Mozilla 1.0 Development Process
Friday March 1st, 2002
mozilla.org drivers have posted the plan for the road to 1.0, and how the tree will be managed. Basically, the tree will be under driver control for the entire time following the 0.9.9 branching, which is occurring right now. Large landings will have to be placed on the Patch Landing Tool so that firstname.lastname@example.org can know what will be going into the tree, and when. Click the Full Article link to get the whole scoop.
#22 Re: Re: XBL... DOM events... Hyatt...
Tuesday March 5th, 2002 2:59 PM
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You're mistaken about the relationship between Carbon and Cocoa. Cocoa is for Mac OS X only applications. Carbon is for applications that can run on either Mac OS X or Mac OS 9. Please note that this is also what the links you gave say. As for performance, there is no reason a Carbon UI can't run at a more than acceptable speed on both Mac OS 9 and Mac OS X.
There already being a Carbon-based Mozilla, there's obviously no pressing need for a Cocoa version right away. This is a side project, which may be why it lives at mozdev.org. Meanwhile, Mozilla itself is desperately in need of bug fixes, performance improvements, and footprint reductions as it approaches 1.0. Why am I reminded of jwz saying that when he was at Netscape, the engineers just did whatever the heck they wanted to? Weren't the people across the hall building a robot instead of coding on Netscape?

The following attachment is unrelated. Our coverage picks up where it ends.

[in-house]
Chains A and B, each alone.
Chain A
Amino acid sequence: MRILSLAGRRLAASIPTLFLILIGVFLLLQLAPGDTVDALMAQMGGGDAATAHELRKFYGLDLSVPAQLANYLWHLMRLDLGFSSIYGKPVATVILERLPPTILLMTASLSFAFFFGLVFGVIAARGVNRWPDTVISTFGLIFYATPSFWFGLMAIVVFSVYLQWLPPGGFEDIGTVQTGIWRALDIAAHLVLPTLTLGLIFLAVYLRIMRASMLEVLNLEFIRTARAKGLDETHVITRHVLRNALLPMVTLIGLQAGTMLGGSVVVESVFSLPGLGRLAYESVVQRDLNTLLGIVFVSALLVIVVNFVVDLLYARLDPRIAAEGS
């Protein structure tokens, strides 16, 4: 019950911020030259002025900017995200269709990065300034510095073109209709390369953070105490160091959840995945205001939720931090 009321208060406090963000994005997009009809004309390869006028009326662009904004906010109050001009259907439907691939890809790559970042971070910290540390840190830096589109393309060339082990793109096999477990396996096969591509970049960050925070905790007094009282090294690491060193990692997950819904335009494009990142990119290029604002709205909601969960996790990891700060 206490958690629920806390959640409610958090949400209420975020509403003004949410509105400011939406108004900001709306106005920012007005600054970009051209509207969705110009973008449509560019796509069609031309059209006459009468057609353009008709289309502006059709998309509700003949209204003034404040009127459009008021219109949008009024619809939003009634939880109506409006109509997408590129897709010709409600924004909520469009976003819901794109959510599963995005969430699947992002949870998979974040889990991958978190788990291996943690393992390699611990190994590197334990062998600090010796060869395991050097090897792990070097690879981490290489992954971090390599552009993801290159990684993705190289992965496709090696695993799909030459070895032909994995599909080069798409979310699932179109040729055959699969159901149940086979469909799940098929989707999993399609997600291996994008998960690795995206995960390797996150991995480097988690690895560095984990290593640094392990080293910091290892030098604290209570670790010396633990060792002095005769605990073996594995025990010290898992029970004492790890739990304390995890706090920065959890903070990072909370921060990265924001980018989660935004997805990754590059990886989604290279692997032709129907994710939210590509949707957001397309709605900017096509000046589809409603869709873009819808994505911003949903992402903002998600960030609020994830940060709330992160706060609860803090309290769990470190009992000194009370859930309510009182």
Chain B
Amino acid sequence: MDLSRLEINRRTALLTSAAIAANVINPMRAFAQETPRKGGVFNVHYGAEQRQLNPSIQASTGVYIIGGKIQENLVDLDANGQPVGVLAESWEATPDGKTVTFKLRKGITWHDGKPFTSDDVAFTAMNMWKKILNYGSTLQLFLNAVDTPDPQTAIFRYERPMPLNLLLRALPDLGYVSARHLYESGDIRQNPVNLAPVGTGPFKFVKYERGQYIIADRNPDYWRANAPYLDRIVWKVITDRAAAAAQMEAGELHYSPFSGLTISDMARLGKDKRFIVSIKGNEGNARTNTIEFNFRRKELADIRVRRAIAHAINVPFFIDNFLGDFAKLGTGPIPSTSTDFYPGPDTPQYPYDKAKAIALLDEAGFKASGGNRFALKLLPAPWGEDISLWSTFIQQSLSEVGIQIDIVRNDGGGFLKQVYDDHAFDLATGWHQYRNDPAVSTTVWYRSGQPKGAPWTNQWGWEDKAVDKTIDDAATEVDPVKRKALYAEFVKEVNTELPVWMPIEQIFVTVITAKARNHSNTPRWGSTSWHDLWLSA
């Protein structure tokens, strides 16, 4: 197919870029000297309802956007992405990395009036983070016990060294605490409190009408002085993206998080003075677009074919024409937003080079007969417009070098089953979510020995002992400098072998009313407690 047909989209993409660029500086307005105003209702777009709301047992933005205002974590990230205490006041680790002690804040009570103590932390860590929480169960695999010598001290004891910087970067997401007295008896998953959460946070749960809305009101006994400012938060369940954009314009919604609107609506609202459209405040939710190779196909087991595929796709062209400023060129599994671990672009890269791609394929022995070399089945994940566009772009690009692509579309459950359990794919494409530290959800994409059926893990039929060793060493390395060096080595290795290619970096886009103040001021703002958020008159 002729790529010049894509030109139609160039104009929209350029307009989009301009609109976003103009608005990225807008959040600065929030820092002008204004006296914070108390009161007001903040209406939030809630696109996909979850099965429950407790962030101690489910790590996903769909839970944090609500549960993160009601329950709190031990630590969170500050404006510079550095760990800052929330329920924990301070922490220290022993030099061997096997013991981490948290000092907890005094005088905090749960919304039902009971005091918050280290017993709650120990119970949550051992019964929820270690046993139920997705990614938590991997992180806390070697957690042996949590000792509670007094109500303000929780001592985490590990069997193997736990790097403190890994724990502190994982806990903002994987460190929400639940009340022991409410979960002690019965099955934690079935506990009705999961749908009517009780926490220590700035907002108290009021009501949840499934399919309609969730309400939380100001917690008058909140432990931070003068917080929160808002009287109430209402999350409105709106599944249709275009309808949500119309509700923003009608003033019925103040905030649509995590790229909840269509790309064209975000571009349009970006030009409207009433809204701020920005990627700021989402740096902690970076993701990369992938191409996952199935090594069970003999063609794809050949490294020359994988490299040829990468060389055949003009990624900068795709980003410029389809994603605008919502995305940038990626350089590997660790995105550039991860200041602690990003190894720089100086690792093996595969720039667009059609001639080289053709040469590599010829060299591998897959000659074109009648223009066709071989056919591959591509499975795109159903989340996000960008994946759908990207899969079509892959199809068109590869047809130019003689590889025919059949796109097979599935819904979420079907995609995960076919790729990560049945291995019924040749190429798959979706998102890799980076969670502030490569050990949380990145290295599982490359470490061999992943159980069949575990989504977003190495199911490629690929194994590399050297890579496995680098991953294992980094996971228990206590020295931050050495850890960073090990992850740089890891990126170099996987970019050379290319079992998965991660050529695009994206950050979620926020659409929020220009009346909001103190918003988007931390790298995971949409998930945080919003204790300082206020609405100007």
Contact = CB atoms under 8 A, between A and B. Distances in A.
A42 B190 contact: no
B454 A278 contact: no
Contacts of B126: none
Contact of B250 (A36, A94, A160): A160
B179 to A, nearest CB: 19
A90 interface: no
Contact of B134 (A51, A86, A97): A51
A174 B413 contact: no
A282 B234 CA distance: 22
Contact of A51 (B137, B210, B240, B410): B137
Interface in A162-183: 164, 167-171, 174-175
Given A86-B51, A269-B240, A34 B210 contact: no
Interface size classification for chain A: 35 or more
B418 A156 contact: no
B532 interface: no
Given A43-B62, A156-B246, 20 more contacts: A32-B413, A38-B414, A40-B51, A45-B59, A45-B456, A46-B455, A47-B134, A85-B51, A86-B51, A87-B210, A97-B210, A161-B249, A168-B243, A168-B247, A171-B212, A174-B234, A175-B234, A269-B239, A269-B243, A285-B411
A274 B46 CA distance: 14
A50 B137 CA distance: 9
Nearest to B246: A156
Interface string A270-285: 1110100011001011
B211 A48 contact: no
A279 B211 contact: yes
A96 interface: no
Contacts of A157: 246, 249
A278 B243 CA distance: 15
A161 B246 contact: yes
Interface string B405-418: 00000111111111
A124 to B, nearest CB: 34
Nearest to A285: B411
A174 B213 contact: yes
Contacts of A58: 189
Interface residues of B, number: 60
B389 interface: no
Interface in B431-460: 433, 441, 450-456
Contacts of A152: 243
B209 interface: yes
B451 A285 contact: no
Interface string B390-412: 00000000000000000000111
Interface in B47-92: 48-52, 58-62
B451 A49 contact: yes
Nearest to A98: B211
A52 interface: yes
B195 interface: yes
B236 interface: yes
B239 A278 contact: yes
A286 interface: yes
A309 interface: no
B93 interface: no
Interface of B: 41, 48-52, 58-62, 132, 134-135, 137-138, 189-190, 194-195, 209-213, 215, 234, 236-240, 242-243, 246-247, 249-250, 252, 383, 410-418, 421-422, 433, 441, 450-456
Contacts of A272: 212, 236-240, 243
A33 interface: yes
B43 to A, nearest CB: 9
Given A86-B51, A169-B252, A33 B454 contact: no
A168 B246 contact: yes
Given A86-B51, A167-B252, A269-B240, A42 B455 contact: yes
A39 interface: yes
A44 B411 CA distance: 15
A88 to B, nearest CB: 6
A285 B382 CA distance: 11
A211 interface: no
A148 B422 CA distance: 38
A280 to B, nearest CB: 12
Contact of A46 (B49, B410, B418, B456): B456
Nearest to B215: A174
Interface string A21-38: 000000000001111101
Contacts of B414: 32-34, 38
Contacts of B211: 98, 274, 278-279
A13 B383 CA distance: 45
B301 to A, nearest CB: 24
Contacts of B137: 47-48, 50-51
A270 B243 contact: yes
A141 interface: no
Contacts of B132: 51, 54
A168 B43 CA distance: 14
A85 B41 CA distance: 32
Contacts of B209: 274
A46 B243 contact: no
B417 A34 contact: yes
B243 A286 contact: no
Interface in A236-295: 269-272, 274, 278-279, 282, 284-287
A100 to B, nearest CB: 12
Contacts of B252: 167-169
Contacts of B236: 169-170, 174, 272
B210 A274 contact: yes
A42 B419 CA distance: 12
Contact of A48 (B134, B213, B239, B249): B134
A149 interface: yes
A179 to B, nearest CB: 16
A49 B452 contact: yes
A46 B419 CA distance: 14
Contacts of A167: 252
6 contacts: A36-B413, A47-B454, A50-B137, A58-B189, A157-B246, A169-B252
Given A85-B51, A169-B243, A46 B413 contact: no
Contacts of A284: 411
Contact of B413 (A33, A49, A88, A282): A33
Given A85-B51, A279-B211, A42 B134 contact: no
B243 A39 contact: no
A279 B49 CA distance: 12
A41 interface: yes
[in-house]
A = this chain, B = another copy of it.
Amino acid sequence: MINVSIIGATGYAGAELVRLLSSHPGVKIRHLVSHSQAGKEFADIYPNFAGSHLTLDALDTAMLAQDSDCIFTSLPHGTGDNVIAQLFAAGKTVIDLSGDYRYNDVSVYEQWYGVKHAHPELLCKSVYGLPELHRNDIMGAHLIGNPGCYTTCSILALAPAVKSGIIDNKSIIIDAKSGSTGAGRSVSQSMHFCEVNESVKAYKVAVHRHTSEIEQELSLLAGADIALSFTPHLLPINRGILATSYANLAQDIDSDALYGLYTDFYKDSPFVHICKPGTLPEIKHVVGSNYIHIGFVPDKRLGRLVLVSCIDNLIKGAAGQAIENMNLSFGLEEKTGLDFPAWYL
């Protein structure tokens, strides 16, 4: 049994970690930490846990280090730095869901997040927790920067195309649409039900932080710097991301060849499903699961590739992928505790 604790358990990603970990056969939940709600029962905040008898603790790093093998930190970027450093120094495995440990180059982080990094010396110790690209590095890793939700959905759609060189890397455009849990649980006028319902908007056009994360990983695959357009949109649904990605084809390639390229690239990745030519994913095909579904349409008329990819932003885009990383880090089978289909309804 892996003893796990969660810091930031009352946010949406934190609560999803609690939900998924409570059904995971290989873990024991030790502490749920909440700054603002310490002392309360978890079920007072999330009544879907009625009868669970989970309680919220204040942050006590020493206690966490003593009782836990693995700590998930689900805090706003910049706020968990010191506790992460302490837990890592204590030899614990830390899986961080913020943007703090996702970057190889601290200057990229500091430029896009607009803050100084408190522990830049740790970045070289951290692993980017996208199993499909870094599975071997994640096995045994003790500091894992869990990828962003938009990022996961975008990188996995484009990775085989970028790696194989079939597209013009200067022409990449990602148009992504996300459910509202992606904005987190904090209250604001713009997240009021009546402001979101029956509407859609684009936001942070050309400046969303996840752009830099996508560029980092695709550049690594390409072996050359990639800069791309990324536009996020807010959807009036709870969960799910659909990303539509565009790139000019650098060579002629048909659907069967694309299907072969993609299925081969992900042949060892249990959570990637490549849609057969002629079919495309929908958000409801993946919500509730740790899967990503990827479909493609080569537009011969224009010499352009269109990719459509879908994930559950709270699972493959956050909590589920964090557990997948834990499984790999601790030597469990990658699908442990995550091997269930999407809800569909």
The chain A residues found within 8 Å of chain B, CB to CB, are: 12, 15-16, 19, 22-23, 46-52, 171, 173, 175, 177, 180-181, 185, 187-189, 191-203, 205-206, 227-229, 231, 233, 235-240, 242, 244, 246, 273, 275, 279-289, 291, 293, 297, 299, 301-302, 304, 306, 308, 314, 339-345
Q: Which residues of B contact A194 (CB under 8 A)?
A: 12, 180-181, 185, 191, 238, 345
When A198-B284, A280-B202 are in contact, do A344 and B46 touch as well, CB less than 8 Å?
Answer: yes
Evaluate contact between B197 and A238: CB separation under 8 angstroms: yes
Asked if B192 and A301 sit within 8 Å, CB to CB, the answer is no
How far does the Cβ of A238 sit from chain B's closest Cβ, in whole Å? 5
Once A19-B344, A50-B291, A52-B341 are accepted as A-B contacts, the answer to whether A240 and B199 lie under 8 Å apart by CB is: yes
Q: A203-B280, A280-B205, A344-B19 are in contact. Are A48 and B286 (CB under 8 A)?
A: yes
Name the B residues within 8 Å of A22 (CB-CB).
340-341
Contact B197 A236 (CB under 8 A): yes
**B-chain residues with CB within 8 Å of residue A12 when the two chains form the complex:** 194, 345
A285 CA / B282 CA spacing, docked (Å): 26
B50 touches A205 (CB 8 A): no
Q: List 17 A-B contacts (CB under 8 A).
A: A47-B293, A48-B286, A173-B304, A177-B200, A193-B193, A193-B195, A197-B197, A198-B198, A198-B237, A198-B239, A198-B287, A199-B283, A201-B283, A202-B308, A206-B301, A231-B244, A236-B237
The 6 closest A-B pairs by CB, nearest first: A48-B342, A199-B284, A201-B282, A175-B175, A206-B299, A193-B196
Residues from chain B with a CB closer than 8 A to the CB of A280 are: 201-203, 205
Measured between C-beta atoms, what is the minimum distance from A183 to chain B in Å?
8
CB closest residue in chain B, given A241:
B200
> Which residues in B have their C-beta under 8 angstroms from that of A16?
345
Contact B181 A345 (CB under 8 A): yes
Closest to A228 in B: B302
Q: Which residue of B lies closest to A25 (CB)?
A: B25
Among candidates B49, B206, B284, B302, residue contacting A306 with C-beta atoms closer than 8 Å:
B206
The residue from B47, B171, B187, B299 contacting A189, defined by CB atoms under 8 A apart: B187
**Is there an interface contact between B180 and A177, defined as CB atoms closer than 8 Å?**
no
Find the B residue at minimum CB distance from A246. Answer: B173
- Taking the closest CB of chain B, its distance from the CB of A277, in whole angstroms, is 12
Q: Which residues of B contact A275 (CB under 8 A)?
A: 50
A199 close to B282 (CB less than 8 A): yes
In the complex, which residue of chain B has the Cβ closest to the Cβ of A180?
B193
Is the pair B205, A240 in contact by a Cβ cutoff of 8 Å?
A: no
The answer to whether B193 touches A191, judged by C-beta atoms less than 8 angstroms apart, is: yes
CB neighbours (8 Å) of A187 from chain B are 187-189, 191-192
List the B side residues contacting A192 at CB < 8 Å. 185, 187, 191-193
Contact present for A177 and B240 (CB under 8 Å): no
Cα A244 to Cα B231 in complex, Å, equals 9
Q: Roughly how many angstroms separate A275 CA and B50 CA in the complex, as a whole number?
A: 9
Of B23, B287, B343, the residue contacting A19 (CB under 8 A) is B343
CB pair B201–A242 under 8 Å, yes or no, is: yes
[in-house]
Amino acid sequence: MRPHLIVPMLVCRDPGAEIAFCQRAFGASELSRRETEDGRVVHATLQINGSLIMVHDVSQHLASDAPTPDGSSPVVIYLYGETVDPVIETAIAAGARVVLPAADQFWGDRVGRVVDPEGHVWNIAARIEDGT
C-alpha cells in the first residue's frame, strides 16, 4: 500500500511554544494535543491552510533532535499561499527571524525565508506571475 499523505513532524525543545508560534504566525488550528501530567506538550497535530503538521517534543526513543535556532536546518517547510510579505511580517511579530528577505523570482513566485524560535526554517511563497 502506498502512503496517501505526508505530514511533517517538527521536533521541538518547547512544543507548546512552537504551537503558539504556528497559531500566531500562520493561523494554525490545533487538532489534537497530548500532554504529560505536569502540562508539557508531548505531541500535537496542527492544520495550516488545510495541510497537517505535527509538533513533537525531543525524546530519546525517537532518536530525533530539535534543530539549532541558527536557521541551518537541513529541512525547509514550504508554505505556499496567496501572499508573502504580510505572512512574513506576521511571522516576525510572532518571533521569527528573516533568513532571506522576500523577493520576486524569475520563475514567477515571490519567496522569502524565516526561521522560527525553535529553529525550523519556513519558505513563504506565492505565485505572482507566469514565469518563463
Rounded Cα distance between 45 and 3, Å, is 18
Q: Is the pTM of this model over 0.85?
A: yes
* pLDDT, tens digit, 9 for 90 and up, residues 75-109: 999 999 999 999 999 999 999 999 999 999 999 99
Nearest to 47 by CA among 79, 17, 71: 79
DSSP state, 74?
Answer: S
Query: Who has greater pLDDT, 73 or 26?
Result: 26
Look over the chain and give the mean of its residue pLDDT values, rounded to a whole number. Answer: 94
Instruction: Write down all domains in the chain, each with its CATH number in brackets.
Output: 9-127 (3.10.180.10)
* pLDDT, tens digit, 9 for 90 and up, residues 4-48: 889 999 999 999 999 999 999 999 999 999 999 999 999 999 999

As I've said before, the most interesting thing to me about this side project, Chimera <http://chimera.mozdev.org/> , is this: "The cross-platform UI will be replaced with native Cocoa widgetry (such as customizable toolbars and a drawer for the sidebar). The plan is to produce only a browser (no other apps!), and to keep the UI as simple and as clean as possible. " In other words, the plan is to completely abandon two critical but controversial architectural features of the Mozilla project, cross-platform UI and an application suite (including mail, composing, etc.) instead of just a browser. It appears that internal opinion within the project may have come closer to the views of those of us who've been raising hard questions about these features all along.